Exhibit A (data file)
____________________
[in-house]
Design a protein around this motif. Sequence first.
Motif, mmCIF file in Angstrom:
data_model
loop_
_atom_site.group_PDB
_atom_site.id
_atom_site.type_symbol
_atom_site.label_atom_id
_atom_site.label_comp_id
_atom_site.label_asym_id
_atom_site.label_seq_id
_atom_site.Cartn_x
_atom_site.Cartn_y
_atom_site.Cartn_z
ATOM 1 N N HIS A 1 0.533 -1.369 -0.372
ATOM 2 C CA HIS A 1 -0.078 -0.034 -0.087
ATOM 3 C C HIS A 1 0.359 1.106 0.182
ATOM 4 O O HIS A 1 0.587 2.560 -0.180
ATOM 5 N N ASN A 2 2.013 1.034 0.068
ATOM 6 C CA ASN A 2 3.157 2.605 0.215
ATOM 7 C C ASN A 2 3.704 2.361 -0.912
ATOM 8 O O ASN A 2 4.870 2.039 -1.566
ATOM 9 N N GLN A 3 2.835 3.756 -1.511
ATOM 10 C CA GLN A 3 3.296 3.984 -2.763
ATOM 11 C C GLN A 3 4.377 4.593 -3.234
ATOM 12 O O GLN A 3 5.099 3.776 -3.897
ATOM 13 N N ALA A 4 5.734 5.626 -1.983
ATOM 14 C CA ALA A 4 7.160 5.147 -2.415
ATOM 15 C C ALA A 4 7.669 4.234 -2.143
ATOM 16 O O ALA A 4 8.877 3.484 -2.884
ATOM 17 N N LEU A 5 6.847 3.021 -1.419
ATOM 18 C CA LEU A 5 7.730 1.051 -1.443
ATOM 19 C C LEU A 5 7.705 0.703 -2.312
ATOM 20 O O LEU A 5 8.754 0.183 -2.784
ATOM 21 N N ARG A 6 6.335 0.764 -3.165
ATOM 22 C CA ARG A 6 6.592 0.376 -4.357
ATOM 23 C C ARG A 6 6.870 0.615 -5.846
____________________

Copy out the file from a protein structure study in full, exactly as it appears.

[in-house]
Design a protein around this motif. Sequence first.
Motif, mmCIF file in Angstrom:
data_model
loop_
_atom_site.group_PDB
_atom_site.id
_atom_site.type_symbol
_atom_site.label_atom_id
_atom_site.label_comp_id
_atom_site.label_asym_id
_atom_site.label_seq_id
_atom_site.Cartn_x
_atom_site.Cartn_y
_atom_site.Cartn_z
ATOM 1 N N HIS A 1 0.533 -1.369 -0.372
ATOM 2 C CA HIS A 1 -0.078 -0.034 -0.087
ATOM 3 C C HIS A 1 0.359 1.106 0.182
ATOM 4 O O HIS A 1 0.587 2.560 -0.180
ATOM 5 N N ASN A 2 2.013 1.034 0.068
ATOM 6 C CA ASN A 2 3.157 2.605 0.215
ATOM 7 C C ASN A 2 3.704 2.361 -0.912
ATOM 8 O O ASN A 2 4.870 2.039 -1.566
ATOM 9 N N GLN A 3 2.835 3.756 -1.511
ATOM 10 C CA GLN A 3 3.296 3.984 -2.763
ATOM 11 C C GLN A 3 4.377 4.593 -3.234
ATOM 12 O O GLN A 3 5.099 3.776 -3.897
ATOM 13 N N ALA A 4 5.734 5.626 -1.983
ATOM 14 C CA ALA A 4 7.160 5.147 -2.415
ATOM 15 C C ALA A 4 7.669 4.234 -2.143
ATOM 16 O O ALA A 4 8.877 3.484 -2.884
ATOM 17 N N LEU A 5 6.847 3.021 -1.419
ATOM 18 C CA LEU A 5 7.730 1.051 -1.443
ATOM 19 C C LEU A 5 7.705 0.703 -2.312
ATOM 20 O O LEU A 5 8.754 0.183 -2.784
ATOM 21 N N ARG A 6 6.335 0.764 -3.165
ATOM 22 C CA ARG A 6 6.592 0.376 -4.357
ATOM 23 C C ARG A 6 6.870 0.615 -5.846